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Arthur loves the freedom he receives on the trail and I can’t bare to leave him at home. If you feel the same way about your pet, here is some really important advice from two dog behavioral experts and outdoor enthusiasts.

Weather can be dangerous. 
Dean Milenkovic knew this when he took his two American Labrador Retrievers, Blue & Indigo on a 40-mile, 4-day through hike on the Appalachian Trail. Dean is a professional photographer and outdoors enthusiast who also happens to hike a lot with his pets. “During colder months  we go as often as 3 times a week with 2 moderate hikes of 3-6 miles and one longer hike 8-12 miles.  During the summer, we go once or twice a week.  We supplement this with trips to the beach and long morning walks.” The heat is the primary reason why his summer hikes run short. And for good reason. It is estimated that several hundred dogs die from heat stroke in the U.S. each year.

 

Early signs of heat stroke in dogs:
– panting
– hyper-salivation (excessive production of saliva)
– dry mucous membranes (nose is not wet)
– higher heart rate
– dogs may appear hyperactive & excitable
– American Kennel Association

Some dogs are more at risk than others, so it is important to recognize early warning signs before the condition becomes serious and to talk to your veterinarian if you have a dog with thick coat or medical issues.

Teena Patel, a dog behaviorist who owns the University of Doglando, stresses the importance of “heat checks” when spending a lot of time outdoors with your pets. She recommends checking a dog’s temperature and hydration by touching their ears, gums and paws every two hours during the afternoon heat. She also recommends choosing your trails wisely. “We pick trails that have shade canopies and we keep our hikes very short in the summer.  If we are in Georgia or North Carolina or someplace we don’t have to worry about gators, we intentionally choose trails with ponds or lakes so the dogs can swim and cool off.”

Water, Water, Water

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That brings us to our next point: water. Dogs need about an ounce of water for every 10 pounds of body weight each day (Translation: a 50 lb. dog needs between 43 and 85 oz. of water per  day.)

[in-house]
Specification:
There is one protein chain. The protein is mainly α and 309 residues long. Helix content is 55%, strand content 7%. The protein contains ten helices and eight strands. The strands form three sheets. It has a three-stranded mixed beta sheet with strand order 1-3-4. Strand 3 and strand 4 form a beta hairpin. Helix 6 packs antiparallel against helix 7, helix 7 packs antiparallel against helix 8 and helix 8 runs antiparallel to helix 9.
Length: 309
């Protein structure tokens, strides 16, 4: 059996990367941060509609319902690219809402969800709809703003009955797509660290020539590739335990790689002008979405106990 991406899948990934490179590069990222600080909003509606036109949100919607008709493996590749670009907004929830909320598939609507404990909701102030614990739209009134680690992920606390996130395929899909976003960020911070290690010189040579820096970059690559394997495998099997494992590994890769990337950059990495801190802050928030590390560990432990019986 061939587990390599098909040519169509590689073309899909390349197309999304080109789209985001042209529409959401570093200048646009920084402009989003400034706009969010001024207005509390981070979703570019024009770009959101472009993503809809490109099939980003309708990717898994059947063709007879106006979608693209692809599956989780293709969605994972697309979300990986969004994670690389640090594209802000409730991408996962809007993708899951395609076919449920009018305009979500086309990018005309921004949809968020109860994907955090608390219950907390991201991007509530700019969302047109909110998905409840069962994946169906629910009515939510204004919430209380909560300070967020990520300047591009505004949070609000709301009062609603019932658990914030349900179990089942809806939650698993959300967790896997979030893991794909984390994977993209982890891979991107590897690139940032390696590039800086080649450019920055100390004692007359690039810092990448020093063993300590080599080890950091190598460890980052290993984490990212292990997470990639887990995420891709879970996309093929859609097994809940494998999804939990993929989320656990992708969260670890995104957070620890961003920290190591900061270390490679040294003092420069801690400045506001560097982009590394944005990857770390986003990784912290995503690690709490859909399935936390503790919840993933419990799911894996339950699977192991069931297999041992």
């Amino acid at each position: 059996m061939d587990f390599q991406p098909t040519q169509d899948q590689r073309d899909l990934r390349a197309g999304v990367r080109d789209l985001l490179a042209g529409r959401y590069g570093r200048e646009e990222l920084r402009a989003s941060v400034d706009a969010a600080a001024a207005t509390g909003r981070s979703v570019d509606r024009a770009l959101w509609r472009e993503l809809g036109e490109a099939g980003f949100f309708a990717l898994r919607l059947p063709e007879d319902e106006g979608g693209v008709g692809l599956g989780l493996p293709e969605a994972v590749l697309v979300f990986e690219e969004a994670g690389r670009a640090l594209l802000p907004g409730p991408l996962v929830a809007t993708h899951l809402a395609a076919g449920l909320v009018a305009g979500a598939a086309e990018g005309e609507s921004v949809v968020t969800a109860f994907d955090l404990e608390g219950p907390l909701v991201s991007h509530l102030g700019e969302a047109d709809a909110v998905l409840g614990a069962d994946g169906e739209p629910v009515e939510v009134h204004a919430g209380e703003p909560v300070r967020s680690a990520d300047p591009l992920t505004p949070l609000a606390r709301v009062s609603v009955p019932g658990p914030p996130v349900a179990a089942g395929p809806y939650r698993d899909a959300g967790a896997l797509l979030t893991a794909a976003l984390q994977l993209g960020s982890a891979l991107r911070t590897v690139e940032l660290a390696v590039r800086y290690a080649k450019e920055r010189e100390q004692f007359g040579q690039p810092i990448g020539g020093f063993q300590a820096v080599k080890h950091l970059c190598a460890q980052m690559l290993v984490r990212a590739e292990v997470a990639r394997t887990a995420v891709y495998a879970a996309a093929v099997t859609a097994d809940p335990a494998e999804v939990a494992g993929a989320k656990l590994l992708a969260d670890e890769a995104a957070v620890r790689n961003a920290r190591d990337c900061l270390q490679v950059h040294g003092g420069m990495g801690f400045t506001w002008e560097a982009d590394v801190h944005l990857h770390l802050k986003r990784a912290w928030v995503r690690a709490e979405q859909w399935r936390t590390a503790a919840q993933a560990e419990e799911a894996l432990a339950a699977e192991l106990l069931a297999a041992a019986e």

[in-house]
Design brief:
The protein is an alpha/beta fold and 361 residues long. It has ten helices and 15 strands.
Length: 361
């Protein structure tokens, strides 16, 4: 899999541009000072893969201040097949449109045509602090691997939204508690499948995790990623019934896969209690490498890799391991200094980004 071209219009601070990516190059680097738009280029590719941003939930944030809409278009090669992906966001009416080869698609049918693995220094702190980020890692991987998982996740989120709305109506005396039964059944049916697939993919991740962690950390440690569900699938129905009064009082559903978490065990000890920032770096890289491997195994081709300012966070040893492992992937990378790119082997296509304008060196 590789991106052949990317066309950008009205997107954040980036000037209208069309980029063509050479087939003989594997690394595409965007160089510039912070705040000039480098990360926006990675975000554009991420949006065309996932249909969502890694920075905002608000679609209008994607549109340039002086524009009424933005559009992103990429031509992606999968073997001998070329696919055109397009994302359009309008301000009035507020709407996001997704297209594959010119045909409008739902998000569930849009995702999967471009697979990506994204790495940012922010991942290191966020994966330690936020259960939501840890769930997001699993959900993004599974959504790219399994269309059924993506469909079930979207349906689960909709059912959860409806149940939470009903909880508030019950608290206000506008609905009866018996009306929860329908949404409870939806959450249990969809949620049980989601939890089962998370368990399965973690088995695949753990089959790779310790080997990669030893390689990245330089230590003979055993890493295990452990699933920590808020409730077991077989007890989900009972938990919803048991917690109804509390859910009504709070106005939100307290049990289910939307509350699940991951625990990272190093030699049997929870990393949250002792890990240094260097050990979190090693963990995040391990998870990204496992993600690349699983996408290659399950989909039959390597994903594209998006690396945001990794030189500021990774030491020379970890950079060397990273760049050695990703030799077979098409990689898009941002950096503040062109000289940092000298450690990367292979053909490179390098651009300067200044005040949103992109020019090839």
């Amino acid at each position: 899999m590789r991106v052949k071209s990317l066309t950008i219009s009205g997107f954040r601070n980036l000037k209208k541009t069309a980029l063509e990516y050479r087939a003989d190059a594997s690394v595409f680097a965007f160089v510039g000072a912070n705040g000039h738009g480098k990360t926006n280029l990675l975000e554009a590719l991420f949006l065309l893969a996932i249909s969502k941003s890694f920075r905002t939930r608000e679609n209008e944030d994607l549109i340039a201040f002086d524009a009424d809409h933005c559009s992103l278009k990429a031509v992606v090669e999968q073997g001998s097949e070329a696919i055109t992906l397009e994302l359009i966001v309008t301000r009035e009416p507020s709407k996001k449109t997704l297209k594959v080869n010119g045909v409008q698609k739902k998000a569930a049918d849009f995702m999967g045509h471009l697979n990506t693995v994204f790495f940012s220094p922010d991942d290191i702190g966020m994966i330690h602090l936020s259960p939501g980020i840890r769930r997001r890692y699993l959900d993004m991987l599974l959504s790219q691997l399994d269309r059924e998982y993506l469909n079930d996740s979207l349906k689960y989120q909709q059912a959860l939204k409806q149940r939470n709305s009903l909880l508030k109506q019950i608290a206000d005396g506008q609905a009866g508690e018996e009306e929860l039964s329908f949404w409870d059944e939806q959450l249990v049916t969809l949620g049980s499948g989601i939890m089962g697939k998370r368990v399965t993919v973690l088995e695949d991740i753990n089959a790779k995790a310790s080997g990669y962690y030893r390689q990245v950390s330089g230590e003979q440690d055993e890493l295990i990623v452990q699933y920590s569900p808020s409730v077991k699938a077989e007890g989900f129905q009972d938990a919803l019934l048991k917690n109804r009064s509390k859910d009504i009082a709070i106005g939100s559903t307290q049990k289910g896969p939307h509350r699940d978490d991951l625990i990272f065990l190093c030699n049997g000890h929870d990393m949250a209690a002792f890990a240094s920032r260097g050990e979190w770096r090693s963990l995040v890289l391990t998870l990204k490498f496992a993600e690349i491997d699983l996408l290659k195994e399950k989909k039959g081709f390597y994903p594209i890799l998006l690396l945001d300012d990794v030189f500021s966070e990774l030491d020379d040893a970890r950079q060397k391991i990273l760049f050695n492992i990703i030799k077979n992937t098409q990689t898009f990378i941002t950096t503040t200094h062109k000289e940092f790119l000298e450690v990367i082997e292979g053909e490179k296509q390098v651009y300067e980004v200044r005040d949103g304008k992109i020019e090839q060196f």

Personally, I try to avoid letting my dog drink stagnant water for the same reasons we don’t drink it. Dogs are also prone to illnesses and parasites. Not to mention, some ponds and streams can be downright nasty. Patel reminds pet owners that no natural water sources can automatically be deemed safe. “We must be very careful of letting dogs drink out of lakes because many lakes have houses around them and people treat their yards with pesticides. When it rains the run off from their lawns go into the lake.” She allows her dogs to drink from fresh rain puddles, but even that is not for everyone. A dog with a poor immune system could be susceptible to anything.

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Arthur enjoying some cool water in the mountains of North Carolina

There are several options for easy-to-carry pet water bowls. I use something like this:

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Arthur’s Water Bottle

Always stay alert: 

Arthur goes insane when we are on a trail, especially if I allow him to run around off-leash. Once I started writing this blog it was brought to my attention that I should probably carry a better first aid kit for him. Milenkovic always carries an AKC First Aid Kit

He also establishes boundaries at the beginning of the hike and encourages his dogs to do voluntary check-ins and recalls by handing out high value treats. He says, “This can come in handy if the dog tries to take off after a deer, bird or a squirrel.  Leaping into tall grass or bushes after a deer can cause numerous cuts to both body and paws. Leaping into water to chase a bird can draw nearby alligators to investigate and pulling the dog by his tail out of the water with gator heading for you is not fun.”

Have a plan:

You never know what can happen on the trail. Write down the address and phone number for the closest emergency veterinarians, and make sure you are not hiking during hunting season. If you do hike in a location where hunting is a possibility,  get your dog a brightly colored vest.

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Hunters will be able to see Arthur better when he wears this vest.

You can also visit your state’s forestry website to find out which locations are open to hunters. For the state of Florida you can check here. It can be safe and fun to hike with your dog in the summer as long as you keep them hydrated, know the warning signs, and know who to call.

The Experts:

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Teena Patel is the founder and owner of the University of Doglando in Orlando, FL. She has more than a decade of experience in dog training and behavioral science. She has traveled the world observing how different cultures interact with canines. Read more about her here.

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Dean Milenkovic is the a professional photographer and outdoors enthusiast. He is the owner of two American Labrador Retrievers, Blue & Indigo. He and his dogs have taken numerous trips to the Carolinas. The longest being a 40 mile, 4-day through hike on the Appalachian Trail. Read more about Dean and his photography here.

 

3 Reasons to take baby hiking (and what doctors think about it.)